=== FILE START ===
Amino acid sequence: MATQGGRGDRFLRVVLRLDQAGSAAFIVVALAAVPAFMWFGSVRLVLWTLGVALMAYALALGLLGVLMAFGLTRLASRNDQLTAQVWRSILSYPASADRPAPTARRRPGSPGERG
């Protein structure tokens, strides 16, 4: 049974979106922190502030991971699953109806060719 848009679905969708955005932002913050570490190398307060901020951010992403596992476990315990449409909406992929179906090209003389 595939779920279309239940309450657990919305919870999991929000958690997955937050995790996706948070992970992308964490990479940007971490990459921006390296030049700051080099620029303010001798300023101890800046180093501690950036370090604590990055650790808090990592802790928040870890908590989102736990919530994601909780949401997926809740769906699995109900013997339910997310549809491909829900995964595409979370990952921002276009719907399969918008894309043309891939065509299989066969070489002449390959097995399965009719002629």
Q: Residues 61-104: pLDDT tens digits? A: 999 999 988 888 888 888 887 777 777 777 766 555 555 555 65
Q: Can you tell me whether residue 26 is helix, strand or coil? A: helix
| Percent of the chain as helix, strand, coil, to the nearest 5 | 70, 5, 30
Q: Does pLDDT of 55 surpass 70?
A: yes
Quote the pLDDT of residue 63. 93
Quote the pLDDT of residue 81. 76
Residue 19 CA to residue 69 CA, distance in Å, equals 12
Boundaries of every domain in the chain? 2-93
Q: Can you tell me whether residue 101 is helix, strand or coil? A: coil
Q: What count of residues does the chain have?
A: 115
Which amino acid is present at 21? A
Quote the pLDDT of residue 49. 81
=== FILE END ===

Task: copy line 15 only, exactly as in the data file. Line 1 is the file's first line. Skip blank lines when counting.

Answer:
Which amino acid is present at 21? A